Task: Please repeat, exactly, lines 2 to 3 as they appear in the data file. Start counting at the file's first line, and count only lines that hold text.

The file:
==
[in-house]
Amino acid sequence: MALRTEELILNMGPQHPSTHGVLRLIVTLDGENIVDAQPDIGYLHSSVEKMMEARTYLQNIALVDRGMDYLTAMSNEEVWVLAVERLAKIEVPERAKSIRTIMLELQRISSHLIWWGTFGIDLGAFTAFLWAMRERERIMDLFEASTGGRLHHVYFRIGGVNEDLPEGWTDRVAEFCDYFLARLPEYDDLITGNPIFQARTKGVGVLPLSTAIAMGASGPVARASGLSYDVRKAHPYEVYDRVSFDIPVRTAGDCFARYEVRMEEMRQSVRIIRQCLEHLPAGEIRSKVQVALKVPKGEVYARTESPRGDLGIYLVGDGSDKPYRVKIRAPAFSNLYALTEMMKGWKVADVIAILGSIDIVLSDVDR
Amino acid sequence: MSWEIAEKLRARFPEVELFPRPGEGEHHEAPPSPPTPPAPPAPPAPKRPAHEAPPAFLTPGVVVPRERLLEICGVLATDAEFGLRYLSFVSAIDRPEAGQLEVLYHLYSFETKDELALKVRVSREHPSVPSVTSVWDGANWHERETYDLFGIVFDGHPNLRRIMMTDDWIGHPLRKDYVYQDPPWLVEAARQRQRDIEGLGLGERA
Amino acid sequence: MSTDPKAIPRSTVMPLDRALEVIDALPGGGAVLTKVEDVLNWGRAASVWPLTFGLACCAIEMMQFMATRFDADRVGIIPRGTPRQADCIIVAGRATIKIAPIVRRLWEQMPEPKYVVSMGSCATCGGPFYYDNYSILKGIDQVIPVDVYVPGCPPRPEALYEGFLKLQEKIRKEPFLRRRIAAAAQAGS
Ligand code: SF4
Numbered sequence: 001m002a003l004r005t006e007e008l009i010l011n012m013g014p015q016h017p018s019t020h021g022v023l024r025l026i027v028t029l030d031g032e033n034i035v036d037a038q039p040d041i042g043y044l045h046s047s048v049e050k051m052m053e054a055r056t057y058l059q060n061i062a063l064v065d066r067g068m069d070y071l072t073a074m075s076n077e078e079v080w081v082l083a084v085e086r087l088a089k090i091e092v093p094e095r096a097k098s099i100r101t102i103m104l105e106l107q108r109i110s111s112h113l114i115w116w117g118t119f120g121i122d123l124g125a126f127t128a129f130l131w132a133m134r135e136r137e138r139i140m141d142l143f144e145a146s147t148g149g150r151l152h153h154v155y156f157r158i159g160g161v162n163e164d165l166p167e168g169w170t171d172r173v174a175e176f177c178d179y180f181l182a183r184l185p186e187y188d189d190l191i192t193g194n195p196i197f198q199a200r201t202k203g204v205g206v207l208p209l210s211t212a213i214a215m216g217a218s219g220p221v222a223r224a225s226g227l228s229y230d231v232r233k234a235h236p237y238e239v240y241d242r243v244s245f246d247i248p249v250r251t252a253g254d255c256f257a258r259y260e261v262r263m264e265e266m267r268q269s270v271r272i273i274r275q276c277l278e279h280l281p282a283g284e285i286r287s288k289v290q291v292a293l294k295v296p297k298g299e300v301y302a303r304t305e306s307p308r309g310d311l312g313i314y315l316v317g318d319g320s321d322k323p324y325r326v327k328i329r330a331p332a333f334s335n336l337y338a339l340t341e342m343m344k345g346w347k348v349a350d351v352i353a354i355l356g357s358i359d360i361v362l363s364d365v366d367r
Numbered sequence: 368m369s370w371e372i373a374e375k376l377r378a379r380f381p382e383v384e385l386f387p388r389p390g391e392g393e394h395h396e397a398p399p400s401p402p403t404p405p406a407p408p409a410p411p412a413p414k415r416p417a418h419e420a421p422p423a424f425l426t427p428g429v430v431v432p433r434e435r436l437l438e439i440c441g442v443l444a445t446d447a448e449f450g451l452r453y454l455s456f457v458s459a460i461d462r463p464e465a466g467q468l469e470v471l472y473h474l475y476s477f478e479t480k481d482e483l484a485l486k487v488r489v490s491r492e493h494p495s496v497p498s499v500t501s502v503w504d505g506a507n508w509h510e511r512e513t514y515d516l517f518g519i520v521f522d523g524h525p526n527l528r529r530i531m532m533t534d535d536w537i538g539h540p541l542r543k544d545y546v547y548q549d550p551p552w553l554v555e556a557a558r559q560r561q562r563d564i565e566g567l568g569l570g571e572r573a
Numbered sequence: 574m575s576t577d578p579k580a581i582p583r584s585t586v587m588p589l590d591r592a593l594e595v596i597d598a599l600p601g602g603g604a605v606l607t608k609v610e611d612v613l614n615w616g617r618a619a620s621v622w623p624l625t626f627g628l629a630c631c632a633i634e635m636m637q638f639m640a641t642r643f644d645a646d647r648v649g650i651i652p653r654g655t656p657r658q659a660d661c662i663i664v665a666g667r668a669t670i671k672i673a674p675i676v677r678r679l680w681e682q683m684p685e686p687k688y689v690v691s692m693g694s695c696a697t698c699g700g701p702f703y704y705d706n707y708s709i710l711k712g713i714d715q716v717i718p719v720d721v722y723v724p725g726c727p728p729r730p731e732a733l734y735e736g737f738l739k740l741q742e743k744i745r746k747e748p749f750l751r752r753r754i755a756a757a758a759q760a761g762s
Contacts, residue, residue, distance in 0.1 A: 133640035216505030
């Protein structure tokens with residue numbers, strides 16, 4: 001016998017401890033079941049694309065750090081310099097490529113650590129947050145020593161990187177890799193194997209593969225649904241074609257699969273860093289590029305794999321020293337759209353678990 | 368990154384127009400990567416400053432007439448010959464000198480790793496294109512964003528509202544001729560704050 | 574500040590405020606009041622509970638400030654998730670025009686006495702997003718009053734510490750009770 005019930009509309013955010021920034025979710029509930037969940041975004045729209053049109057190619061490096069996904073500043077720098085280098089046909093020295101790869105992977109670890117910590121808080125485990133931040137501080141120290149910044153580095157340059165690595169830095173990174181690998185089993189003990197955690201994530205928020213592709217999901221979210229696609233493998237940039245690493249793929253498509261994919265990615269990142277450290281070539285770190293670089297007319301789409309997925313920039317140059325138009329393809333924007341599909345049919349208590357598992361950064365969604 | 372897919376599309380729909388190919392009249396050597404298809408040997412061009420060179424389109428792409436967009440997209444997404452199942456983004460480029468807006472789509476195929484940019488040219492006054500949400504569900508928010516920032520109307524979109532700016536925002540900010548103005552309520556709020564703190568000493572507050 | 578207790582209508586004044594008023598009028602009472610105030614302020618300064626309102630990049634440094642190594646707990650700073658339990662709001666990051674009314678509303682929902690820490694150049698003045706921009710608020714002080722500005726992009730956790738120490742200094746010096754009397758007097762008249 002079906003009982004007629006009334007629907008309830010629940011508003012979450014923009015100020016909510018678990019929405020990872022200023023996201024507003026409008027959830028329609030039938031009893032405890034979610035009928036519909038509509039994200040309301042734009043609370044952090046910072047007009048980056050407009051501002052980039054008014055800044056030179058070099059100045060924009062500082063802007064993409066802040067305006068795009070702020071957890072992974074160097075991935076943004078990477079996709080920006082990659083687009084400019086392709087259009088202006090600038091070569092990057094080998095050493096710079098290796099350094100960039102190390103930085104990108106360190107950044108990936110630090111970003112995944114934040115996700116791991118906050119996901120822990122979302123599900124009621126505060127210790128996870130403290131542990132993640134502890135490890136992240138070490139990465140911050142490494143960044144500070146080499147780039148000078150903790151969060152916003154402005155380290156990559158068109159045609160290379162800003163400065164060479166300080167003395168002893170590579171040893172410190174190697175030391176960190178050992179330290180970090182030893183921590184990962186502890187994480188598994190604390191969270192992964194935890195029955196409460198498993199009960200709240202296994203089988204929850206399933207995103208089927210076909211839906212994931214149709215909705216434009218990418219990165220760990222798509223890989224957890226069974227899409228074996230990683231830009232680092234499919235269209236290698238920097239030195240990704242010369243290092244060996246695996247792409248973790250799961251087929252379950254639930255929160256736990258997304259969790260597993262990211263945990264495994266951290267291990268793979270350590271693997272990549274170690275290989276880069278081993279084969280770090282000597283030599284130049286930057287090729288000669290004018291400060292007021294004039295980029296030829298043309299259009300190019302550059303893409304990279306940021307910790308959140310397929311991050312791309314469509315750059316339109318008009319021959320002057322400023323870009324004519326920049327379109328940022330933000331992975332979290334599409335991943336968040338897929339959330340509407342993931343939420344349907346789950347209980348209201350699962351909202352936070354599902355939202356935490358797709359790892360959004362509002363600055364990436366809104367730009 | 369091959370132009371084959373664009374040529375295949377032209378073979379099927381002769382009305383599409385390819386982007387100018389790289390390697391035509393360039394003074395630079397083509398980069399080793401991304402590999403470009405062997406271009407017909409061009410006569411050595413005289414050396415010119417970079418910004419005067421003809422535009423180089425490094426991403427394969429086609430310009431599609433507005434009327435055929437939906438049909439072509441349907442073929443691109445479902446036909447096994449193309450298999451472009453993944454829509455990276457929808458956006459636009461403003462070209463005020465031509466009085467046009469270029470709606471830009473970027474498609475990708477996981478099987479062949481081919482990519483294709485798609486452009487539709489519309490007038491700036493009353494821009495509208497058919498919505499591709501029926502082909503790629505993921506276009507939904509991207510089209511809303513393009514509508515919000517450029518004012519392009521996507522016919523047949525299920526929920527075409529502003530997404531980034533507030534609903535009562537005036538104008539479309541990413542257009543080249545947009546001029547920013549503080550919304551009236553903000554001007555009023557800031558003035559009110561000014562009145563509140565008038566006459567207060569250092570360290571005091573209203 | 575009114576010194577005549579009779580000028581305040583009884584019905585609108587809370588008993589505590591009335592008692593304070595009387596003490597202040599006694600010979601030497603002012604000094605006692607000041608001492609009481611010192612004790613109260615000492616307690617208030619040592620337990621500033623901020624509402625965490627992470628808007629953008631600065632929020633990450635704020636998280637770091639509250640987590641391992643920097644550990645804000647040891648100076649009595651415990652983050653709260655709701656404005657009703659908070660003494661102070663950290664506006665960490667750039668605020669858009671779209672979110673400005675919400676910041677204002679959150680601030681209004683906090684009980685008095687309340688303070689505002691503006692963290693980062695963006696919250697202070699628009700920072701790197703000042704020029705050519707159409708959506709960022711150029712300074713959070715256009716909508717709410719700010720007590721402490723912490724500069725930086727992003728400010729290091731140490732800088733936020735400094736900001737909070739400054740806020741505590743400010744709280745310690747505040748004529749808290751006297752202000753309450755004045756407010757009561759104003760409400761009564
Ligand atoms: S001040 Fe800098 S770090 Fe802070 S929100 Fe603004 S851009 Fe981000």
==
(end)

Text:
Amino acid sequence: MALRTEELILNMGPQHPSTHGVLRLIVTLDGENIVDAQPDIGYLHSSVEKMMEARTYLQNIALVDRGMDYLTAMSNEEVWVLAVERLAKIEVPERAKSIRTIMLELQRISSHLIWWGTFGIDLGAFTAFLWAMRERERIMDLFEASTGGRLHHVYFRIGGVNEDLPEGWTDRVAEFCDYFLARLPEYDDLITGNPIFQARTKGVGVLPLSTAIAMGASGPVARASGLSYDVRKAHPYEVYDRVSFDIPVRTAGDCFARYEVRMEEMRQSVRIIRQCLEHLPAGEIRSKVQVALKVPKGEVYARTESPRGDLGIYLVGDGSDKPYRVKIRAPAFSNLYALTEMMKGWKVADVIAILGSIDIVLSDVDR
Amino acid sequence: MSWEIAEKLRARFPEVELFPRPGEGEHHEAPPSPPTPPAPPAPPAPKRPAHEAPPAFLTPGVVVPRERLLEICGVLATDAEFGLRYLSFVSAIDRPEAGQLEVLYHLYSFETKDELALKVRVSREHPSVPSVTSVWDGANWHERETYDLFGIVFDGHPNLRRIMMTDDWIGHPLRKDYVYQDPPWLVEAARQRQRDIEGLGLGERA